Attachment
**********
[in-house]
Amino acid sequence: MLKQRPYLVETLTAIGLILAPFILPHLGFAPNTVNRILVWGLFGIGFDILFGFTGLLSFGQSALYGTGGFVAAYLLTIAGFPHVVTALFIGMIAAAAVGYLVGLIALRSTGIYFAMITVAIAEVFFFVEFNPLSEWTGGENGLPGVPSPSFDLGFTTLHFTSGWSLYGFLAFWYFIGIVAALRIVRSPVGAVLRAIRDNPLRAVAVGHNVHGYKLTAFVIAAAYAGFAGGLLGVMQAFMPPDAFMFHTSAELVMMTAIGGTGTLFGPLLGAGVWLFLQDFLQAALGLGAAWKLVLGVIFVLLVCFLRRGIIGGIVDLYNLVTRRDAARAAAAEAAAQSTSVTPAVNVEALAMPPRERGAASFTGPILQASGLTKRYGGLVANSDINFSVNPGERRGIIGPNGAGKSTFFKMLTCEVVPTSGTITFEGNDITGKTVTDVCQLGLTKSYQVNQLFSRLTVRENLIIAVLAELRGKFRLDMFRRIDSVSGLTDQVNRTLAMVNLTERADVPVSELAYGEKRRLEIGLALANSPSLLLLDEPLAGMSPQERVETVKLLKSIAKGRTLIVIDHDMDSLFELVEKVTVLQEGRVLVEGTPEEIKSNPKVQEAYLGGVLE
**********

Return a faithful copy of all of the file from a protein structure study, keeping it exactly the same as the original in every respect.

[in-house]
Amino acid sequence: MLKQRPYLVETLTAIGLILAPFILPHLGFAPNTVNRILVWGLFGIGFDILFGFTGLLSFGQSALYGTGGFVAAYLLTIAGFPHVVTALFIGMIAAAAVGYLVGLIALRSTGIYFAMITVAIAEVFFFVEFNPLSEWTGGENGLPGVPSPSFDLGFTTLHFTSGWSLYGFLAFWYFIGIVAALRIVRSPVGAVLRAIRDNPLRAVAVGHNVHGYKLTAFVIAAAYAGFAGGLLGVMQAFMPPDAFMFHTSAELVMMTAIGGTGTLFGPLLGAGVWLFLQDFLQAALGLGAAWKLVLGVIFVLLVCFLRRGIIGGIVDLYNLVTRRDAARAAAAEAAAQSTSVTPAVNVEALAMPPRERGAASFTGPILQASGLTKRYGGLVANSDINFSVNPGERRGIIGPNGAGKSTFFKMLTCEVVPTSGTITFEGNDITGKTVTDVCQLGLTKSYQVNQLFSRLTVRENLIIAVLAELRGKFRLDMFRRIDSVSGLTDQVNRTLAMVNLTERADVPVSELAYGEKRRLEIGLALANSPSLLLLDEPLAGMSPQERVETVKLLKSIAKGRTLIVIDHDMDSLFELVEKVTVLQEGRVLVEGTPEEIKSNPKVQEAYLGGVLE